LaGrande Area, Eastern Oregon

Limited production was placed in the Grande Ronde Valley, east of La Grande. Both fall and spring plantings were undertaken. Production costs were comparably less in this area, but consistency and yield were often reduced compared to other areas. Evening primrose plants were enduring and took the generally colder temperatures without loss. The cooler temperatures also seemed to enhance GLA levels in the oil.

Varieties Produced

During the 24-year production period when evening primrose was produced in the Pacific Northwest, four varieties predominated. Since each variety evolved, or was built from previous work, large changes in plant type were made in a relatively short time period. Generally, each was an improvement over the previous variety. Bearing in mind that primrose breeding began from wild stock, there were both agronomic and end-product qualities that were targeted improvements. 'Traditional' was the first variety that was primarily derived from selections of the best wild stock. This variety tended to be very tall and indeterminate in its flowering habits, and seed shattered badly - just as the original wild material. Occasional rain or wind would create enough movement, even in the heavy ground swathe while drying, that sometimes as much as an estimated 40 percent of the total crop would be lost from the pods prior to threshing. 'Constable' was the first primary variety used in the Pacific Northwest utilizing breeding techniques. This variety was somewhat shorter and more uniform in height, more determinate, held its seed better than 'Traditional,' and generally tested higher in GLA content, an important improvement for the company marketing oil to the health food trade. 'Merlin' was the next variety to emerge from the breeding program and, agronomically, was a significant improvement over previous releases. This variety was a prodigious producer, generally, exceeding 'Constable' yield by 50 percent. Seed just did not shatter from the plant prior to harvest, but this did make the threshing process somewhat more difficult because of the rather hard pods for which this variety was known. Unfortunately, this variety did not have strong GLA component, and the oil product from Columbia Basin production usually had to be fortified with higher GLA oils produced elsewhere to meet market minimums. The last variety to be grown in any large quantities, was 'PAC-Rigel'. This variety, generally produced under Columbia Basin conditions, provided adequate GLA levels acceptable to the health food and pharmaceutical markets. However, its yield was noticeably lower than 'Merlin,' a point not lost to Pacific Northwest growers, who looked to better yields for profitability.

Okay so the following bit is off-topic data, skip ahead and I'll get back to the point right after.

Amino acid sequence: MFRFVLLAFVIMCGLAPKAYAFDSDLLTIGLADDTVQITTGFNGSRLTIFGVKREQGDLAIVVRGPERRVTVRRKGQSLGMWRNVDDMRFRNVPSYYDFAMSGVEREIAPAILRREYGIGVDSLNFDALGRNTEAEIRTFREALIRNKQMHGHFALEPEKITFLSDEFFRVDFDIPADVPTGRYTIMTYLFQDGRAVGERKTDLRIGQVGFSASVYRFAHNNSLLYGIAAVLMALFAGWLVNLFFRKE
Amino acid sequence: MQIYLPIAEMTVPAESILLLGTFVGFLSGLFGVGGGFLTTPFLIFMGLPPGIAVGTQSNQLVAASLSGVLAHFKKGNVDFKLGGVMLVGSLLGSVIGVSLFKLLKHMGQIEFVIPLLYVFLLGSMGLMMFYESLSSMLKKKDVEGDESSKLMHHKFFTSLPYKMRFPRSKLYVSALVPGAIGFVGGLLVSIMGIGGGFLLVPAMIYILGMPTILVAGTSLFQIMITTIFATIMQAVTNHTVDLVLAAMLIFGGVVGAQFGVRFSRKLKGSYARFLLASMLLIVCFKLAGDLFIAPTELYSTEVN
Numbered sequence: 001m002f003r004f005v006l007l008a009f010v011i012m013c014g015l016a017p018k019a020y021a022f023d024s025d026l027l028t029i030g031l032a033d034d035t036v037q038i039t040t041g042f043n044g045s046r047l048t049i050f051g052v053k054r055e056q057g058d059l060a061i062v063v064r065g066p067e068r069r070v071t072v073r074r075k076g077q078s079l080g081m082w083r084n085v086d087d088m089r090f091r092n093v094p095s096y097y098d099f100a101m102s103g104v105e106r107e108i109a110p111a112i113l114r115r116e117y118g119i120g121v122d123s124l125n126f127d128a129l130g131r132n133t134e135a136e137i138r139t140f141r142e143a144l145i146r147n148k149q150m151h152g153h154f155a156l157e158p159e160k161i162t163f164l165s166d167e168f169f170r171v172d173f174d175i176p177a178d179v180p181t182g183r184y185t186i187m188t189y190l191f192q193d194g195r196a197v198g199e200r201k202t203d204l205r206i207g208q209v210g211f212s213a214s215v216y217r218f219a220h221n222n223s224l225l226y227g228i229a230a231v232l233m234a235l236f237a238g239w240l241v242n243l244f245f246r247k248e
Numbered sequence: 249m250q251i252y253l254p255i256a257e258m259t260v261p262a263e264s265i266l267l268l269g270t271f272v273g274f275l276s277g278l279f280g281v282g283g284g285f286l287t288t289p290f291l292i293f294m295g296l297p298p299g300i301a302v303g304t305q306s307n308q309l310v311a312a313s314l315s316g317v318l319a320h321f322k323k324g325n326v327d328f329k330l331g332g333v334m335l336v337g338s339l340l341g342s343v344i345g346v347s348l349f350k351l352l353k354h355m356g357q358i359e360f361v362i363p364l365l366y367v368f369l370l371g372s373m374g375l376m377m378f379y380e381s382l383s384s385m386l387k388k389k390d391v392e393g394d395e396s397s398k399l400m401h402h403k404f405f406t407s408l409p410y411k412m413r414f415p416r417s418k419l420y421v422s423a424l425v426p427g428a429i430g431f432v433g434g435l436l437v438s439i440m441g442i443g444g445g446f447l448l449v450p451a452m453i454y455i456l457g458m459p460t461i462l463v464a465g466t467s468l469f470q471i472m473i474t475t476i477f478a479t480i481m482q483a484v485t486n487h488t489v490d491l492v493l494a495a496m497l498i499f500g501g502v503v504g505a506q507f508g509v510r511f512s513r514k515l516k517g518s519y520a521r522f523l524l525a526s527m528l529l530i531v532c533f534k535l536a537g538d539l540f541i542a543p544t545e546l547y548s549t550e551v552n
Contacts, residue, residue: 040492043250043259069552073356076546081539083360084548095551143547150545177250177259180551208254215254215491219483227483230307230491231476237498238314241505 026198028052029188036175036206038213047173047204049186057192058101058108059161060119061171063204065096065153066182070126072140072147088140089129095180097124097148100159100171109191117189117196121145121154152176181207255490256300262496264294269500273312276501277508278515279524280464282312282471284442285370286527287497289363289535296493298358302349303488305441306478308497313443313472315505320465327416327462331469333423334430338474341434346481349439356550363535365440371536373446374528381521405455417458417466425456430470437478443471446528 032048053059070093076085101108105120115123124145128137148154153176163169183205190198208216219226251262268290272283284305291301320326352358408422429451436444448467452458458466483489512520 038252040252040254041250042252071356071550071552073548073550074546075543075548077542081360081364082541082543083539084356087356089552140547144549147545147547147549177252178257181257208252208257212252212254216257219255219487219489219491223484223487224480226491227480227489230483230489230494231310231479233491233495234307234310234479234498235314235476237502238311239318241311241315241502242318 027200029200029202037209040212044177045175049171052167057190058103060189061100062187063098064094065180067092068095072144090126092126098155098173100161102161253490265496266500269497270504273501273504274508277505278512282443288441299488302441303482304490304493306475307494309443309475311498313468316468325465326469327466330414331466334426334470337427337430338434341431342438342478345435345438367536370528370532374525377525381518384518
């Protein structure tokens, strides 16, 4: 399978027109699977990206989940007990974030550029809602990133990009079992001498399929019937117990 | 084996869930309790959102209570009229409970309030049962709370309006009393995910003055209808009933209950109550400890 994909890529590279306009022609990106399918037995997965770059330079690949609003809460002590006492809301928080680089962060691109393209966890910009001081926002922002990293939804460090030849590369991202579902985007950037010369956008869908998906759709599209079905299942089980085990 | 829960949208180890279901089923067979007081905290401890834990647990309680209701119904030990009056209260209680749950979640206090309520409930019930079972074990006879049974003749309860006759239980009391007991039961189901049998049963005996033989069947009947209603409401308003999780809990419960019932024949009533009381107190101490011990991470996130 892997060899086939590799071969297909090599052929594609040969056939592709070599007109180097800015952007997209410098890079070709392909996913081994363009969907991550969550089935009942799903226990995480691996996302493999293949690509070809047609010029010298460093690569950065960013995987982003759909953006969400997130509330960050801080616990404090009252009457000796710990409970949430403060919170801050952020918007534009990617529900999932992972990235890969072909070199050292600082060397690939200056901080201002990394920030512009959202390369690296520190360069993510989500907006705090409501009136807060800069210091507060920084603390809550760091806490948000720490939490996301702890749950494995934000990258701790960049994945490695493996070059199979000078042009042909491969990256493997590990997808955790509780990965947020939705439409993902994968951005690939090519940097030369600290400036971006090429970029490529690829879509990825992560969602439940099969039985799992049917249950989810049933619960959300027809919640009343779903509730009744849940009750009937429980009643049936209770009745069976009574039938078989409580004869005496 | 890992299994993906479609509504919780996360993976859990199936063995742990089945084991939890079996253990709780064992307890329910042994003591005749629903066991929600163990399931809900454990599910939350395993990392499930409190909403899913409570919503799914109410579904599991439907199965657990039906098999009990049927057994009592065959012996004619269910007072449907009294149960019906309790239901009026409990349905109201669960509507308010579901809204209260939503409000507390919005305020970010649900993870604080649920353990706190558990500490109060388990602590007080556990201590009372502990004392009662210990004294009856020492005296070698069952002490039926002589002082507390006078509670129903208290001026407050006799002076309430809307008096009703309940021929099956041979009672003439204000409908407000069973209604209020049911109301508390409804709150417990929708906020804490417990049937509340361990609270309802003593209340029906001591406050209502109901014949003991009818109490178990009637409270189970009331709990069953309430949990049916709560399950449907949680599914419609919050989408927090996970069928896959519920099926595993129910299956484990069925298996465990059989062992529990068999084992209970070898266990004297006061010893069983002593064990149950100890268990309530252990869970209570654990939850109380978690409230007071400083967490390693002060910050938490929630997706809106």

Production Overview

From the 25 acres each year in 1977 and 1978, area of production varied from a few acres of trial plantings and stockseed increase in the early 1980s to nearly 1,000 acres annually during the early 1990s when demand was outpacing supply. Soon after this production peak, international production became a factor, and downward pressure prevailed on both acreages of production and on price. The last year of evening primrose production in the Pacific Northwest was in 1998, when about 250 acres of combined production was harvested by growers in the Columbia Basin and LaGrande areas. Almost all production grown in the Pacific Northwest was shipped to buyers in the United Kingdom. Those shipments exceeded one million pounds annually for 1991 and 1992 crops. Though several other varieties were grown under production trials and limited production increases, none, other than the ones above, saw large and extended production in the Pacific Northwest. One must bear in mind that all the while primrose production was developing in New Zealand and ultimately in China. Today, almost all the production of evening primrose comes from China, where cheap labor and a commitment to export development produces a product of acceptable quality far cheaper than can be produced in this region or probably any other region of the world.

The above article is taken from the 'History of Speciality Seed Crop Production in the Pacific Northwest' by Robert Rackham. This book presents a fascinating history of the development of speciality seed crops and is a must for anyone interested in the nuts and bolts of how new crop ventures get off the ground. It covers the reasons why the industry got started and grew, the companies and farmers involved, the crops and varieties used, and many personal insights from the participants. For the crop enthusiast, there are details on sugar beet, evening primrose, meadowfoam (Limnanthes douglasii), and flax, and a whole chapter on the vegetable breeding programmes at Oregon State University.

Copies are available at US$ 15.95 each (plus US$ 3.00 shipping) with bulk discounts available.

For more information contact: Mike Chilton

To order, send your cheque or money order (drawn on a US bank) to:

Willamette Valley Speciality Seed Crops Association
c/o Oregon State University
Department of Horticulture
4017 Ag & Life Building
Corvalls, Oregon 97331, USA

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© Peter Lapinskas 1999-2012 Email Peter Lapinskas Last updated: 3 July 2012